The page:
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In association with Alteryx
  1. Leadership
November 18, 2022updated 25 Nov 2022 11:33am

How CIOs are tying data strategy to business value

Data and technology leaders from financial services discuss creating data led innovation through good governance.

By Matthew Gooding

Data has the power to be a strategic tool and therefore create value for a business. However, data can only provide a return on investment (RoI) if business technology leaders ensure the data is in good shape, the organisation has the skills and the right governance in place, delegates at a Tech Monitor webinar heard.

Organisations have moved beyond merely collecting data to understanding that data creates business value. “Our contact centre population is very data savvy, down to how it affects their performance or bonus,” says James Fairhurst, CIO with Atlanta Group, a major insurance broker that operates well-known brands such as Swintons.

“I cannot think of a knowledge working profession that is not going beyond spreadsheets,” adds Alan Jacobson, chief data and analytics officer with Alteryx, the data analytics specialists. “The International Institute for Analytics has shown that organisations that use data effectively have higher growth, higher share value and improve in almost every metric,” he adds.

“The board are really keen to understand how to utilise their data now,” says Dax Grant, former CIO for bankers HSBC and now CEO and advisor for Global Transform. “How to use data in a strategic way is not necessarily about keep collecting data, but to use the data well. So organisations need to understand what data is in the organisation and how that data helps with market positioning,” she says.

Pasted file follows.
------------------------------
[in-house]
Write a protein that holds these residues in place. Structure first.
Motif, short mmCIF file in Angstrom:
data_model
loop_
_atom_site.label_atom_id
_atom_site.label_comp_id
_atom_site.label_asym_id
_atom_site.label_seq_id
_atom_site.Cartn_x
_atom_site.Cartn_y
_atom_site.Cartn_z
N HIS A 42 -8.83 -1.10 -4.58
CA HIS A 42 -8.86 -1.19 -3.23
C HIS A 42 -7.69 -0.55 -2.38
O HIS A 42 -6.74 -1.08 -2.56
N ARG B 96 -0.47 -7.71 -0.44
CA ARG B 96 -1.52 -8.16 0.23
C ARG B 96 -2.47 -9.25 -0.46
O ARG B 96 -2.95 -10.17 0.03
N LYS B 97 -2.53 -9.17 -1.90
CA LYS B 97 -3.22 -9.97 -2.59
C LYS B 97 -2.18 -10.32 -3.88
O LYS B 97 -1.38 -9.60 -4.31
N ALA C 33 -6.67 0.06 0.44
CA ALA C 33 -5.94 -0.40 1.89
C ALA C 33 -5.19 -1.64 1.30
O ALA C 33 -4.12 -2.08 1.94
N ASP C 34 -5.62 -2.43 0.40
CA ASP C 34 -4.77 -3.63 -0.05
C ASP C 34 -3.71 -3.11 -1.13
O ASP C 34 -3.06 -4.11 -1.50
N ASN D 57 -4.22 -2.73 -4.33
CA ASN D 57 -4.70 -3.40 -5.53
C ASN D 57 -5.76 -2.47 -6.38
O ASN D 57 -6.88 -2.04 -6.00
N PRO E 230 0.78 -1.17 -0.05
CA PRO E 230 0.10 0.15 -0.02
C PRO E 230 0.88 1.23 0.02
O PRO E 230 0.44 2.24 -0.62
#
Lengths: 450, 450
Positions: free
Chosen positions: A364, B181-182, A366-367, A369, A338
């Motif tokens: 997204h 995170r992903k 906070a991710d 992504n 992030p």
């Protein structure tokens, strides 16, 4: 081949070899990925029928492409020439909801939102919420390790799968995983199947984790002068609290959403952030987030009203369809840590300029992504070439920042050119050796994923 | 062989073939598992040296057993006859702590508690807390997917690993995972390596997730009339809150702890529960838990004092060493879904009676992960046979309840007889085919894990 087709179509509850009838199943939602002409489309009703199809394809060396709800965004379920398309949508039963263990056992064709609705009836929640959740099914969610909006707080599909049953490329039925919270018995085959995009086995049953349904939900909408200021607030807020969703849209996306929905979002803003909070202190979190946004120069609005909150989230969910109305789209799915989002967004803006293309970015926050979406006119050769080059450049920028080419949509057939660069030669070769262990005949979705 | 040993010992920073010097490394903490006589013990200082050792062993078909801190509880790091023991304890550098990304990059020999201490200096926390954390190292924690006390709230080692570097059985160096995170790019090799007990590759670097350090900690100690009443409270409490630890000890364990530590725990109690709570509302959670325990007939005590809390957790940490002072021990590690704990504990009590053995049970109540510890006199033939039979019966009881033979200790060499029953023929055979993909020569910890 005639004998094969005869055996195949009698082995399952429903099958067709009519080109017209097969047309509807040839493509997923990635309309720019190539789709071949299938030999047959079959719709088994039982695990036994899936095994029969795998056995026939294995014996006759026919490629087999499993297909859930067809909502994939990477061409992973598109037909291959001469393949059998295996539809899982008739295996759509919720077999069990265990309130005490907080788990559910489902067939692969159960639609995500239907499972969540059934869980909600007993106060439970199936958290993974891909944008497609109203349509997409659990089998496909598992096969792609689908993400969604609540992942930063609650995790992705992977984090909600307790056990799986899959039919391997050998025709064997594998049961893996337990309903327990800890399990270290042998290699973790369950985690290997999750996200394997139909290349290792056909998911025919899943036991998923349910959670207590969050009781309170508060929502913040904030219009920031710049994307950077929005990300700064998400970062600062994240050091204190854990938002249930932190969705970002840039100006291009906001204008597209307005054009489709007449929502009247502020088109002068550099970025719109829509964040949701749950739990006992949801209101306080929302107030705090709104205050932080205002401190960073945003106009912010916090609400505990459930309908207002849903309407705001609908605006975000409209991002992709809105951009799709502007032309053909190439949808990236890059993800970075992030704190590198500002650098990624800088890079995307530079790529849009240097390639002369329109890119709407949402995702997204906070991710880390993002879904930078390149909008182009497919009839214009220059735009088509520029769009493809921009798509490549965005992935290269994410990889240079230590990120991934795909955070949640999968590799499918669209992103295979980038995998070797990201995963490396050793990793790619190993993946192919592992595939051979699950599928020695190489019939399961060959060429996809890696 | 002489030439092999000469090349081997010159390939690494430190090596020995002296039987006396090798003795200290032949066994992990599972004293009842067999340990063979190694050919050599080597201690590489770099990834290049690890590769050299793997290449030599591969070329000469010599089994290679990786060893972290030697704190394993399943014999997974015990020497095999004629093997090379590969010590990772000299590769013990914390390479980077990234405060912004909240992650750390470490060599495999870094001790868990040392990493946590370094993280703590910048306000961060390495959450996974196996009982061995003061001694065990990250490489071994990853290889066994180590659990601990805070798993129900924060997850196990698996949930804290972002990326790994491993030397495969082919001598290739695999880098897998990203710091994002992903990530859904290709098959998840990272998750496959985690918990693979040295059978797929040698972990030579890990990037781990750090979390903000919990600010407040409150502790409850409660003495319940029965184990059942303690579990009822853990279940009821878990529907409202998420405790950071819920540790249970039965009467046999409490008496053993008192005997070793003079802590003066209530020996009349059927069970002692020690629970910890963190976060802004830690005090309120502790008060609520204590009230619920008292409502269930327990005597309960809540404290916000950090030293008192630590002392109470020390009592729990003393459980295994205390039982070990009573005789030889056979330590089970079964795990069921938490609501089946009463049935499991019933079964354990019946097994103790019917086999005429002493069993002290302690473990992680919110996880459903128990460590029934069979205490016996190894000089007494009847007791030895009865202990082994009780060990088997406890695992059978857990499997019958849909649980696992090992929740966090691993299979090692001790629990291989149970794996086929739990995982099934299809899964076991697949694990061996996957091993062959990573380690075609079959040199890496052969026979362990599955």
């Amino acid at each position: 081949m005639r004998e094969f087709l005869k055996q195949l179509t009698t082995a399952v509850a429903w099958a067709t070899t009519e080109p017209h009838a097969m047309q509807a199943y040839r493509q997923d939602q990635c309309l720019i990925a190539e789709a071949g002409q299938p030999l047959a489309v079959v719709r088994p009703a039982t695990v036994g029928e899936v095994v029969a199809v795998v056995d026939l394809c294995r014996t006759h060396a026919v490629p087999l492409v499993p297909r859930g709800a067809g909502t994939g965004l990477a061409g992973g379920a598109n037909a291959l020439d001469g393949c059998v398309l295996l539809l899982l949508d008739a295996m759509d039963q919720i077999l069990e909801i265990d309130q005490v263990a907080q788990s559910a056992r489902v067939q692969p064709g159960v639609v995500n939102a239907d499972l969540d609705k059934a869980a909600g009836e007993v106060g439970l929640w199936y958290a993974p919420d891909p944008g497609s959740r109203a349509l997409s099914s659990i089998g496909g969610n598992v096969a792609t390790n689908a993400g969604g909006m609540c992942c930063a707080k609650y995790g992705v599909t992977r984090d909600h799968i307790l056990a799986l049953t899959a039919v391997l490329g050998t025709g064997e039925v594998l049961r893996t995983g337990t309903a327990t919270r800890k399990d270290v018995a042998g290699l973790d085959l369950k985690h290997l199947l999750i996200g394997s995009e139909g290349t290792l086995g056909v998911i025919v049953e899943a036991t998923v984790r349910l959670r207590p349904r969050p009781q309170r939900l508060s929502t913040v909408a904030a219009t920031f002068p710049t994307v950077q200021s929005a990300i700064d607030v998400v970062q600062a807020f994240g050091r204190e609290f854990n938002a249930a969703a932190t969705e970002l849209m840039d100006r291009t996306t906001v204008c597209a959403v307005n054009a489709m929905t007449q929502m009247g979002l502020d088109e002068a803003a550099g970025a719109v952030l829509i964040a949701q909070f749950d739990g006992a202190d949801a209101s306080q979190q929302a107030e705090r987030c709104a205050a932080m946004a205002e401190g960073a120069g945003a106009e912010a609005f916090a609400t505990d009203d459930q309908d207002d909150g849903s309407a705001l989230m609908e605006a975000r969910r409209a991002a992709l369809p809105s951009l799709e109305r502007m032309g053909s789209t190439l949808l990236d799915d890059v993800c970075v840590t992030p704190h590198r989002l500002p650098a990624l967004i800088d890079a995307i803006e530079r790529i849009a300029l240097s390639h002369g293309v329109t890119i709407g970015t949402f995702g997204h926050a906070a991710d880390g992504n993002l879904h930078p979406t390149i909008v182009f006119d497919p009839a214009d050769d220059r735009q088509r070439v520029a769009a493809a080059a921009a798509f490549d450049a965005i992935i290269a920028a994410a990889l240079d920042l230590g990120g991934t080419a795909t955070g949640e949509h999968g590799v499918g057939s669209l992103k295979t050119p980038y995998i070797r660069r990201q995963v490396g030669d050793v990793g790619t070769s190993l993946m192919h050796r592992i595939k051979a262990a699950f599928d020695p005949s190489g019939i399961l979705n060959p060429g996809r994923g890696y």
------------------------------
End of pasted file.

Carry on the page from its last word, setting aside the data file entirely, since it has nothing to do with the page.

Fairhurst at Atlanta Group says at various times business technology leaders will need to launch and manage data consolidation programmes in order to deliver business value from data. “We have been on a large merger and acquisitions journey over recent years and we have amassed a number of managing information platforms. They all have different reporting ways, so you have different versions of the truth. So we have been building a single version of the truth.” Grant agrees with Fairhurst’s strategy and says this is vital for the board to see the value of data: “The board want to know there is one truth and for the whole board to say yes I recognise that data.” She adds that when you are consolidating data programmes and technologies, like Fairhurst is, “there is some delicate stakeholder management”.

The tech leaders were speaking as part of the Tech Monitor webinar, Return on data: Tying data strategy to business value, which was held in association with Alteryx. The entire event is available to view on demand here.

Governance and education

“The more data the better, but there does need to be some control,” says Martin King, CTO with the Leadership Group. The former CTO of The Football Pools says governance protects the value that is within data and need not be a blocker to business progress. “Otherwise you are back down the route of ‘where does the data chrome from and can we actually trust it’,” he says of how governance ensures that board-level trust in the organisation’s data.